"My Country, 'Tis of Thee
", also known as "America
", is an American patriotic song
, whose lyrics were written by Samuel Francis Smith
. The melody was derived from the British national anthem
, God Save the King
, by way of a German adaptation. The song served as a de facto national anthem of the United States for much of the 19th century.
Samuel Francis Smith wrote the lyrics to "My Country, 'Tis of Thee" in 1831, while a student at the Andover Theological Seminary
. His friend, Lowell Mason
had asked him to translate the lyrics in some German school songbooks or to write new lyrics. A melody in Muzio Clementi
's Symphony No. 3 caught his attention. Rather than translating the lyrics from German, Smith wrote his own American patriotic hymn to the melody completing the lyrics in thirty minutes. He had never heard Clementi's symphony before and had no idea of its derivation or associations with the British national anthem, "God Save the King."
Smith gave Mason the lyrics he had written and the song was first performed in public on July 4, 1831, at a children's Independence Day celebration at Park Street Church in Boston. First publication of 'America" was in 1832.
- My country, 'tis of thee,
- Sweet land of liberty,
- Of thee I sing;
- Land where my fathers died,
- Land of the pilgrims' pride,
- From every mountainside
- Let freedom ring! 2
- My native country, thee,
- Land of the noble free,
- Thy name I love;
- I love thy rocks and rills,
- Thy woods and templed hills;
- My heart with rapture thrills,
- Like that above. 3
- Let music swell the breeze,
- And ring from all the trees
- Sweet freedom's song;
- Let mortal tongues awake;
- Let all that breathe partake;
- Let rocks their silence break,
- The sound prolong. 4
- Our father's God to Thee,
- Author of liberty,
- To Thee we sing.
- Long may our land be bright,
- With freedom's holy light,
- Protect us by Thy might,
- Great God our King.
5 (added to celebrate Washington's Centennial)
- Our joyful hearts today,
- Their grateful tribute pay,
- Happy and free,
- After our toils and fears,
- After our blood and tears,
- Strong with our hundred years,
- O God, to Thee.
Additional Verses by Henry Van Dyke (see CPDL version link below)6
- We love thine inland seas,
- Thy groves and giant trees,
- Thy rolling plains;
- Thy rivers' mighty sweep,
- Thy mystic canyons deep,
- Thy mountains wild and steep,--
- All thy domains.
- Thy silver Eastern strands,
- Thy Golden Gate that stands
- Fronting the West;
- Thy flowery Southland fair,
- Thy North's sweet, crystal air:
- O Land beyond compare,
- We love thee best!
The American composer Charles Ives
wrote Variations on America
when he was eighteen. It is a light-hearted set of variations on the main theme, including a polonaise
, a scherzo
and even a tarantella
. Orchestrated by William Schuman
, it remains a popular orchestral showpiece.
- Martin Luther King Jr. quoted this song during his "I Have A Dream" speech.
- Ani DiFranco referred to this song ironically in her song "Tis Of Thee", which includes the line, "My country 'tis of thee, to take shots at each other on prime time TV."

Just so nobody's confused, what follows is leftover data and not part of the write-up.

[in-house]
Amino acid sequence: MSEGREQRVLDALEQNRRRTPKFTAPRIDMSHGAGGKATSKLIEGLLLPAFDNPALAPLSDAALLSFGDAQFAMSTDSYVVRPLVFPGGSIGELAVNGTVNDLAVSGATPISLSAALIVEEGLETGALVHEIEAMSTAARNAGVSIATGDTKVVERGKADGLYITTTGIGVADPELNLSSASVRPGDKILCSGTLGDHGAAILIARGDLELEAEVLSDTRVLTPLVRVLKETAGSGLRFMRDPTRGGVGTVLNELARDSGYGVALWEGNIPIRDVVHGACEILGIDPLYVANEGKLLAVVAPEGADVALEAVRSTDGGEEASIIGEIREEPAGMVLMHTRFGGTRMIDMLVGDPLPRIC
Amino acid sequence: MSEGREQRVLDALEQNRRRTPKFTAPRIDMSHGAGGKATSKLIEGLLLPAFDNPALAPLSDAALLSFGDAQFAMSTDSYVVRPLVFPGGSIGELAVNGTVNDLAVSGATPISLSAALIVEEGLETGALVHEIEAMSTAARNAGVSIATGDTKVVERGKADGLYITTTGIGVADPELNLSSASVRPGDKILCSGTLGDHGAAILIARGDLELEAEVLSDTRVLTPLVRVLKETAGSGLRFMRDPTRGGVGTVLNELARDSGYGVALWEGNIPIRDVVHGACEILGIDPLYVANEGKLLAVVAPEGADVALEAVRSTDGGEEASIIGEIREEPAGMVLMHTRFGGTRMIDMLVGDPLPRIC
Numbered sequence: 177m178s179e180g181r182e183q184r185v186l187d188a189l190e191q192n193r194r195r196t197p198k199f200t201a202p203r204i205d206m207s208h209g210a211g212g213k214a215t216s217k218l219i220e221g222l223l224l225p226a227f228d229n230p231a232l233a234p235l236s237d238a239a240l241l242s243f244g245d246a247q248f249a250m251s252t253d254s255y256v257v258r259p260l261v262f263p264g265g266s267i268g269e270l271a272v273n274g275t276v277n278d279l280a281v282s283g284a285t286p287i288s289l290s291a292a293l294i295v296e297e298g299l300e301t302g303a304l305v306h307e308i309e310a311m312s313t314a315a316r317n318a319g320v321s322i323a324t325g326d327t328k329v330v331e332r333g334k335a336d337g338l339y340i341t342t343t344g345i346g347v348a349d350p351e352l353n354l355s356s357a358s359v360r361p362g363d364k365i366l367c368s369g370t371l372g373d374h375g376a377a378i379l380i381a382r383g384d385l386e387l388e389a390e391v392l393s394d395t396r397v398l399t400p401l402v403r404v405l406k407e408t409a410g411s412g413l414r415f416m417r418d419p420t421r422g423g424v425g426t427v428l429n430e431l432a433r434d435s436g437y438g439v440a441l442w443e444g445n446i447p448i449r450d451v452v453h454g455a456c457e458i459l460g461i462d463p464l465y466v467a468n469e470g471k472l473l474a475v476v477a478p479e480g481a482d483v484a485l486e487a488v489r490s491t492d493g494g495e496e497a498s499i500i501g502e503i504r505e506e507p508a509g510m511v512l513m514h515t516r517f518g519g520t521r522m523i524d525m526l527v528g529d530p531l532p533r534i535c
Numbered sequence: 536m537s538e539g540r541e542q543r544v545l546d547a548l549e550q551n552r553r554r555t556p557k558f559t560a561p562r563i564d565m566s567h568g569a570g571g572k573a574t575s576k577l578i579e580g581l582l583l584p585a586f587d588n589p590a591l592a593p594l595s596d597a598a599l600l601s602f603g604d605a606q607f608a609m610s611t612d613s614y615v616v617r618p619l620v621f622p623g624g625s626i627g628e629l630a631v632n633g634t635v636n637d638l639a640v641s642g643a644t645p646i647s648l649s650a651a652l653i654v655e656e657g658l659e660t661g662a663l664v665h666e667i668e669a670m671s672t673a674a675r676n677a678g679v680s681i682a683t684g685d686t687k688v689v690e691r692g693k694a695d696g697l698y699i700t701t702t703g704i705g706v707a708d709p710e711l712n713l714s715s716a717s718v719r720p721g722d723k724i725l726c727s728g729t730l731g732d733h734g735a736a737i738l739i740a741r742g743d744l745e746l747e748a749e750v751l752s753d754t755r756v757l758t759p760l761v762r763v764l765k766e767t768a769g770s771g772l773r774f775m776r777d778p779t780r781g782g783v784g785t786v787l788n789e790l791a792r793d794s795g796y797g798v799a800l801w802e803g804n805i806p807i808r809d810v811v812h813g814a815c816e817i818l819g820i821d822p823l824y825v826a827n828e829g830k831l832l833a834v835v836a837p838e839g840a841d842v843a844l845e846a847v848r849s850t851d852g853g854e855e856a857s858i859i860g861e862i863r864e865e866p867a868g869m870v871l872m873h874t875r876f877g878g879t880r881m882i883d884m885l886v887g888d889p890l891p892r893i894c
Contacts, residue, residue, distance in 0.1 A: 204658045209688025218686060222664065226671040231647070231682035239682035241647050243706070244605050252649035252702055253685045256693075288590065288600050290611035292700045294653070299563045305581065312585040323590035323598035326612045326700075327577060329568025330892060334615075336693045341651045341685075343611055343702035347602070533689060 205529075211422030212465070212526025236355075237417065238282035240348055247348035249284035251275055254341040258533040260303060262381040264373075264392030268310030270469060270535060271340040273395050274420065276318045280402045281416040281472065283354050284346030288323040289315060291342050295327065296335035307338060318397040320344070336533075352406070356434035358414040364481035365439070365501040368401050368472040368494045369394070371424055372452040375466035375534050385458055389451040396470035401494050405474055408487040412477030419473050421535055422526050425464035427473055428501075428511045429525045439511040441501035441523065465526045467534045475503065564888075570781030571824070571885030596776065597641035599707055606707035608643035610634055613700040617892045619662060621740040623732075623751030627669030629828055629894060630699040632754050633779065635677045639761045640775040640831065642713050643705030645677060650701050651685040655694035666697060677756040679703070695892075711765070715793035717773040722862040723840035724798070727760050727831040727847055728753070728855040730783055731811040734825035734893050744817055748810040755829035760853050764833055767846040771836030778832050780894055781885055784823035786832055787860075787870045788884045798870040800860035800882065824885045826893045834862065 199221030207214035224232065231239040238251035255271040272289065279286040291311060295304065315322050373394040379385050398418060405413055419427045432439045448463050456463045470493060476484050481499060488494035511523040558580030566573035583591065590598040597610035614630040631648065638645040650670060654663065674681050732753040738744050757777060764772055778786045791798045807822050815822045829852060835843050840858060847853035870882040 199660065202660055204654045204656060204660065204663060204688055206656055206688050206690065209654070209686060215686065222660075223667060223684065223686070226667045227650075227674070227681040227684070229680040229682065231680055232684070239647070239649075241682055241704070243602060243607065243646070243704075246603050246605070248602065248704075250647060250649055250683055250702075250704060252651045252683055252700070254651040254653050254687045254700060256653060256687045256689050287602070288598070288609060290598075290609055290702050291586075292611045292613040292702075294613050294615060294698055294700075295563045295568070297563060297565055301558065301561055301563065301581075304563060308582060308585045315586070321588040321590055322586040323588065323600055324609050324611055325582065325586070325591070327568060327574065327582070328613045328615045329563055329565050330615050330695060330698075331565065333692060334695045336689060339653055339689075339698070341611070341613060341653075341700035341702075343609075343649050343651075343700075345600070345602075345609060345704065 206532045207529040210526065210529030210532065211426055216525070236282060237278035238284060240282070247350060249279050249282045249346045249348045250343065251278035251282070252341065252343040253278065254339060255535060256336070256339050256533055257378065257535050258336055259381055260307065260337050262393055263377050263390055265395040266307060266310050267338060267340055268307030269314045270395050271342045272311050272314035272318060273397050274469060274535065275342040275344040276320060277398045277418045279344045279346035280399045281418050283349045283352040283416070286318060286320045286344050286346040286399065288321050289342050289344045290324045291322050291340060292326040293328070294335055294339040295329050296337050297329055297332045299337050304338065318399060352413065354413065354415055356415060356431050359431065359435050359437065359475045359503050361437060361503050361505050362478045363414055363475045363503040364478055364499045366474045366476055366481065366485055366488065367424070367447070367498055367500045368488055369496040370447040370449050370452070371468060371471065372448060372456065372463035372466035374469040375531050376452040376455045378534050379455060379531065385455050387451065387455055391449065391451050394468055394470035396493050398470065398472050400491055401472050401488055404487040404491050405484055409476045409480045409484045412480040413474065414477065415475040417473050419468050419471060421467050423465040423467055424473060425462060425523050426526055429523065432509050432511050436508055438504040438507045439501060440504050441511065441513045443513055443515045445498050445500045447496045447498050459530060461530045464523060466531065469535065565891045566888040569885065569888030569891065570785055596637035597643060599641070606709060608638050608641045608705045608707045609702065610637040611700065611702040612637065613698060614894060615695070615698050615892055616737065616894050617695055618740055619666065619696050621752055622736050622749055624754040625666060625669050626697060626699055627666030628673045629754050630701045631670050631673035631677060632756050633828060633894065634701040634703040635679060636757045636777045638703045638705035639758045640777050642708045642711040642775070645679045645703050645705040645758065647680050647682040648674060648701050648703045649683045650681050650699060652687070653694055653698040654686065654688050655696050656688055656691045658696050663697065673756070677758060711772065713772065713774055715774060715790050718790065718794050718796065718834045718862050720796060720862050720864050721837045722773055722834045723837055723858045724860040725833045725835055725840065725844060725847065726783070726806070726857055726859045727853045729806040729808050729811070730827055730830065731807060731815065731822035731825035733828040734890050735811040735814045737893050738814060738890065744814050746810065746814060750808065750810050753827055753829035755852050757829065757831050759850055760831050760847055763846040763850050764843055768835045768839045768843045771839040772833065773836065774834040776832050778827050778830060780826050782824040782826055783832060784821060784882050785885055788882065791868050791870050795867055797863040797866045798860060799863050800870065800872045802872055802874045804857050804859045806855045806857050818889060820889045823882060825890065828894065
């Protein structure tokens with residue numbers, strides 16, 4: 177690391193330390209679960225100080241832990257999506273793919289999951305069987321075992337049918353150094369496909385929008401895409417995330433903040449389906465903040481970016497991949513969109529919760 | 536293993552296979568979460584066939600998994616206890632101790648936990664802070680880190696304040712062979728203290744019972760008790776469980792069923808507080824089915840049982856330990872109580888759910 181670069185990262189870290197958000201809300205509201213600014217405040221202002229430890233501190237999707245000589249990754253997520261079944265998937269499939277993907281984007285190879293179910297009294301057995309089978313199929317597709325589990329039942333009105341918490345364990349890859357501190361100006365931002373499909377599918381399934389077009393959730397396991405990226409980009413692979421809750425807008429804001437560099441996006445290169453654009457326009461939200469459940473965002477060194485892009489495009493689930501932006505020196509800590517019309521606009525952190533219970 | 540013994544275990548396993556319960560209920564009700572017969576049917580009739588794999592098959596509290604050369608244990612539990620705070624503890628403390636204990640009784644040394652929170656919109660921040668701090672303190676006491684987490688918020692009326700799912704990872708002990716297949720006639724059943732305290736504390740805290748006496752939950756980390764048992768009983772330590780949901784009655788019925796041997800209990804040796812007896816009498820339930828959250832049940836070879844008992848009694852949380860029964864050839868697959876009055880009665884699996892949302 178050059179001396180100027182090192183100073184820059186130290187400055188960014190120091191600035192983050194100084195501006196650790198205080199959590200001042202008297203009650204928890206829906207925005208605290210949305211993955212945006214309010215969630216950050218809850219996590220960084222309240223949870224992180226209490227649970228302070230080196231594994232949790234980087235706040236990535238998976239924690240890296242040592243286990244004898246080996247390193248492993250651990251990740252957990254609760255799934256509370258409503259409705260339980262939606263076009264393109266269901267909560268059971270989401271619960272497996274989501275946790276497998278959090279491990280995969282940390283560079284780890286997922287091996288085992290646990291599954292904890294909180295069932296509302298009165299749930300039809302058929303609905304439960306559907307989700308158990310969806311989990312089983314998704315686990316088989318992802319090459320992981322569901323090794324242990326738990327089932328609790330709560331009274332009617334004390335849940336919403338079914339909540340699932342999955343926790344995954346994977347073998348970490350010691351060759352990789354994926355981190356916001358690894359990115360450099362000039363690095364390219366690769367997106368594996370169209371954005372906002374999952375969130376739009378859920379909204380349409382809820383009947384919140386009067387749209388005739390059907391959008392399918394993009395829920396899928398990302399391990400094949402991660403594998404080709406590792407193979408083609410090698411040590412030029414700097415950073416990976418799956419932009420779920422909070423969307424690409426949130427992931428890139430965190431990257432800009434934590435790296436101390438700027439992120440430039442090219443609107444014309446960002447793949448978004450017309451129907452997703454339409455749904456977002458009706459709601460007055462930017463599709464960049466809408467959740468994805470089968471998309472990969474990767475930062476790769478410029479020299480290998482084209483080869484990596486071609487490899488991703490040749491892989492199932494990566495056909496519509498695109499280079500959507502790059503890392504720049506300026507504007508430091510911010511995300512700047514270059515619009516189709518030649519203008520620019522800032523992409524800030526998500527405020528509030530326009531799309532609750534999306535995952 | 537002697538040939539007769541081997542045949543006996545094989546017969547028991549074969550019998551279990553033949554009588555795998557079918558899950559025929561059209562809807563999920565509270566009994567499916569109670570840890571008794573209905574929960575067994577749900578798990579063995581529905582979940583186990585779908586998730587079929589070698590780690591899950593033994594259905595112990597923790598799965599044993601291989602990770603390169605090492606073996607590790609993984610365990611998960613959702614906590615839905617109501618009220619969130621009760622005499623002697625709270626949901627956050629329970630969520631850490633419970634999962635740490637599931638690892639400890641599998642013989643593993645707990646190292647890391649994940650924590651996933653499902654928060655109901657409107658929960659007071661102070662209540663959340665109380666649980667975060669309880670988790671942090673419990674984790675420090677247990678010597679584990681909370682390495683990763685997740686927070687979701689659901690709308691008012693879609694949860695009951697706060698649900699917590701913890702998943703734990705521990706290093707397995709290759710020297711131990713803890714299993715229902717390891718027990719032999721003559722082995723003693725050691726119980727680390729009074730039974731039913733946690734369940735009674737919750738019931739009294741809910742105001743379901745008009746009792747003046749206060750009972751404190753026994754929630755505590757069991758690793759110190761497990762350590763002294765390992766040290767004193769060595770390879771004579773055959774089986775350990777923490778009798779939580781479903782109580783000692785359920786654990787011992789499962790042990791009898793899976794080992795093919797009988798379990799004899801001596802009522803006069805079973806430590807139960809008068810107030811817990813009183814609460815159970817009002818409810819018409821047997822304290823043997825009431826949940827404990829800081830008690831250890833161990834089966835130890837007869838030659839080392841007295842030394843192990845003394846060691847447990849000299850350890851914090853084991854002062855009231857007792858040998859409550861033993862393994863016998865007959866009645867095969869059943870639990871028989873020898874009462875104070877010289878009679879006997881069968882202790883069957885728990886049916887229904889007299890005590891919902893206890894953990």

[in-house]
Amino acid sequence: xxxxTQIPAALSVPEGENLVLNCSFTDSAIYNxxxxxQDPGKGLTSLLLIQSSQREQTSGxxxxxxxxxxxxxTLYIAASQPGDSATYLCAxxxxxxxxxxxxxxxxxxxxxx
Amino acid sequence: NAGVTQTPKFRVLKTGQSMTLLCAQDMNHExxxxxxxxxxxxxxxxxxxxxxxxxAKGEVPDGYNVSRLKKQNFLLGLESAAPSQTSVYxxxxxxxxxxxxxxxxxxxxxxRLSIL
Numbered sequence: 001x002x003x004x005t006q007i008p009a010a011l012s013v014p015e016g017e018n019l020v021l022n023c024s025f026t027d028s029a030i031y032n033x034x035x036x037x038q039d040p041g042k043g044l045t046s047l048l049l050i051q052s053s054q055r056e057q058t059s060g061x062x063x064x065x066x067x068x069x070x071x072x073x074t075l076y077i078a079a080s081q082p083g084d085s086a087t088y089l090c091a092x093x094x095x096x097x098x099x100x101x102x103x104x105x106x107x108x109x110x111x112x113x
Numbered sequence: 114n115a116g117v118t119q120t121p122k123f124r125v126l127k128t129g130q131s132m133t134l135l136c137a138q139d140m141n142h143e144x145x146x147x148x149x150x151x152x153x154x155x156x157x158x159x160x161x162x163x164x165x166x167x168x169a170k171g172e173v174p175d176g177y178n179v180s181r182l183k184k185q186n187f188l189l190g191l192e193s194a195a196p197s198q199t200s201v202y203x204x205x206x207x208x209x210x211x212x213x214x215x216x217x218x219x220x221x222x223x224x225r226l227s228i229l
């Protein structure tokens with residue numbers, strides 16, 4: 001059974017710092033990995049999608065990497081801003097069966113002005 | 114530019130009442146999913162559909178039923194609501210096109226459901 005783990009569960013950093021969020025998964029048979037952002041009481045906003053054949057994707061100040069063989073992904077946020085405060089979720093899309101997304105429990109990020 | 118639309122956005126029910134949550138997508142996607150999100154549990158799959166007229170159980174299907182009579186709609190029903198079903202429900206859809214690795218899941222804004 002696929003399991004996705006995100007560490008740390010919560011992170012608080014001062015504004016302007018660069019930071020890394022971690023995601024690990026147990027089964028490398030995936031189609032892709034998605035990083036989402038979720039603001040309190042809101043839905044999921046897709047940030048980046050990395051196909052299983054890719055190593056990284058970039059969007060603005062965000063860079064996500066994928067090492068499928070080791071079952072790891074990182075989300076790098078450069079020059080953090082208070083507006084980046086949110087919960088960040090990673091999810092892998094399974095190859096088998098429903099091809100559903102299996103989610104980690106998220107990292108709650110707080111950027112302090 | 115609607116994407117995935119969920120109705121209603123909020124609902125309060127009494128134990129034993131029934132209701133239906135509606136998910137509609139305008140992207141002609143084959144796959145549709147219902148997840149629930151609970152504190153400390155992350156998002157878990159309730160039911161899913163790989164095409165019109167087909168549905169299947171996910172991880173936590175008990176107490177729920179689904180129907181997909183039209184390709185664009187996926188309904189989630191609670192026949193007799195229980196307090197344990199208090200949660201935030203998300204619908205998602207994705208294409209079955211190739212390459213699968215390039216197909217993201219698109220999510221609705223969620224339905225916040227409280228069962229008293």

- George Orwell also wrote in Nineteen Eighty-Four that Oceania's national anthem was titled "Oceania, 'Tis for Thee", a name which appears to be derived from "My Country, 'Tis of Thee".
- A song supporting women's suffrage, "The New America," is a spin-off of this song. It reflects a common suffrage argument--that giving women the vote simply fulfilled the promise of 1776.
- George and Ira Gershwin wrote the 1931 political satire musical Of Thee I Sing, but the "thee" in this case was not the USA but rather the President's romantic interest.
- In the South Park episode World Wide Recorder Concert, four million third-graders from around the country are organized by Kenny G and Yoko Ono to play the song on recorders. However, the song is ruined by the bizarre effect of the brown note.
- On The Simpsons, in the episode “Moaning Lisa”, Lisa begins to play bebop during a band practice of this song, and in “Bart Vs. Australia”, Homer proudly sings it to a toilet in Australia engineered to overcome the Coriolis Effect.
- Singer Neil Diamond quoted this song in his song “America”.
- The first verse of this song can be found on Michael Hedges' song Holiday.
- LeRoy Jones (Amiri Baraka) refers to this song in his play The Slave (p. 74)
- In The West Wing episode 5.14 (entitled An Khe) features a version of this song played by Crosby, Stills & Nash.
- A parody of the song is featured on the Ren & Stimpy episode The Royal Canadian Kilted Yaksmen.
- The theme is whistled by the Sharks gang in the candy store (just after the War Council) in the musical West Side Story.
- In a performance at the Kimmel Center for the Performing Arts in Philadelphia, Pennsylvania on June 3, 2006, Peter, Paul and Mary sang the first three lines of this song as a final verse to "Don't Laugh at Me".
- W.E.B. Du Bois wrote a poem title "My Country 'Tis of Thee" in which he revises the poem to better suit his own opinion about the country.
- Music, David M., and Paul A. Richardson. I Will Sing the Wondrous Story: A History of Baptist Hymnody in North America. Macon, GA: Mercer University Press, 2008.